Ending a Colorado Common Law Marriage

In Colorado, common law marriages are recognized under certain conditions, and ending such unions involves legal proceedings similar to traditional marriages. In this blog post, we will delve into the process of ending a common law marriage in Colorado, including the legal requirements for divorce, property division, and child custody considerations. We will also emphasize the importance of seeking professional legal guidance from a family lawyer to navigate the complexities of dissolution effectively.

Understanding Common Law Marriage in Colorado

Before discussing the process of ending a common law marriage, it’s essential to understand what constitutes a common law marriage in Colorado. In Colorado, a common law marriage is established when two individuals meet the following criteria:

  • Mutual Consent: Both parties must agree to enter into a marital relationship.
  • Cohabitation: The couple must live together as spouses.
  • Hold Themselves Out as Married: They must present themselves to others as married, such as using the same last name or referring to each other as spouses.

Once these elements are met, the couple is considered legally married under Colorado law, regardless of whether they obtained a marriage license or had a formal ceremony.

Process of Ending a Common Law Marriage

Ending a common law marriage in Colorado follows the same legal procedures as ending a formal marriage. The process typically involves filing for dissolution of marriage, commonly known as divorce, with the appropriate court. To initiate the divorce process, one spouse must file a petition for dissolution of marriage, citing grounds for divorce, such as irreconcilable differences or marital misconduct.

Once the divorce petition is filed, the other spouse must be served with a copy of the petition and has the opportunity to respond. If the spouses agree on issues such as property division, spousal support, and child custody, they may proceed with an uncontested divorce. However, if there are contested issues, such as disagreement over asset division or child custody arrangements, the case may proceed to litigation, where a judge will make decisions on behalf of the parties.

Legal Requirements and Considerations

When ending a common law marriage in Colorado, several legal requirements and considerations must be addressed:

  • Division of Marital Property: Colorado is an equitable distribution state, meaning marital property is divided fairly but not necessarily equally. This includes assets acquired during the marriage, regardless of title.
  • Spousal Support: Courts may award spousal support, also known as alimony, to provide financial assistance to a spouse who is financially disadvantaged after divorce.
  • Child Custody and Support: If the couple has children, arrangements must be made for child custody, visitation, and child support. Colorado courts prioritize the best interests of the child when determining custody arrangements.
  • Legal Representation: Given the complexities of divorce proceedings, including common law marriages, it is crucial for individuals to seek legal representation from a knowledgeable family lawyer. An experienced attorney can provide guidance, advocate for the client’s rights, and ensure that their interests are protected throughout the divorce process.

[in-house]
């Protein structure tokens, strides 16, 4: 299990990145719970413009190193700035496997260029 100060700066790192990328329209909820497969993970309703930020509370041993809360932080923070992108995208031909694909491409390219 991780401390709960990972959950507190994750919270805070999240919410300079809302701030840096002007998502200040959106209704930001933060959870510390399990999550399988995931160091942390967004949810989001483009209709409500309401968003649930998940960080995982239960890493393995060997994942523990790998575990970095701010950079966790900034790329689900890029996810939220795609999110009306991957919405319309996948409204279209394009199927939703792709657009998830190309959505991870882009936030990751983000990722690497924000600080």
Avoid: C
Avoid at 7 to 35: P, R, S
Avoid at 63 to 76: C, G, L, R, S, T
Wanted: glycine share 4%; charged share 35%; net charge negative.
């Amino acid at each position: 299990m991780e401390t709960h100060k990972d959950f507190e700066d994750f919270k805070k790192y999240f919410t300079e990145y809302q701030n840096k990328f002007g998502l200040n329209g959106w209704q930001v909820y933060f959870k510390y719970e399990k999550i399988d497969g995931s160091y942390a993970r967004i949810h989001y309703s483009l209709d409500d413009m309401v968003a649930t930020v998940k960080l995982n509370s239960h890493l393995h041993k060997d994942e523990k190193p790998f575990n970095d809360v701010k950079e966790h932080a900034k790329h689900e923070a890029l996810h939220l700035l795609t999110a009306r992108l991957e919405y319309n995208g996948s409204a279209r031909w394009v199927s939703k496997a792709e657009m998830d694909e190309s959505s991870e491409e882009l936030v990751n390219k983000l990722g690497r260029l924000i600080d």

Importance of Employing a Family Lawyer

Ending a common law marriage involves various legal intricacies, and navigating the process can be challenging without professional assistance. By enlisting the services of a skilled family lawyer, individuals can benefit from:

  • Legal Expertise: Family lawyers have in-depth knowledge of Colorado family law and can provide informed guidance on divorce proceedings.
  • Negotiation Skills: A family lawyer can negotiate on behalf of their client to achieve favorable outcomes in property division, spousal support, and child custody matters.
  • Emotional Support: Divorce can be emotionally taxing, and a compassionate family lawyer can provide support and reassurance to clients during this difficult time.

In conclusion, ending a common law marriage in Colorado involves legal procedures similar to formal marriages, including divorce filings, property division, and child custody arrangements. Seeking legal representation from a qualified family lawyer is essential to ensure that the rights and interests of all parties involved are safeguarded throughout the process. With professional guidance, individuals can navigate the dissolution of their common law marriage with confidence and clarity.



About the Author:

Andrew Bryant is a well-respected Colorado Springs criminal attorney who has been practicing in the area for years. A Colorado native, he returned to the home he loves after graduating from the University of Kentucky College of Law. Now, he uses the knowledge he gained as an El Paso County District Attorney to fight tirelessly for his clients’ rights. He is AV-Preeminent rated, has been recognized for his work by The National Trial Lawyers, and has been named to Best of the Springs lists by The Gazette for years.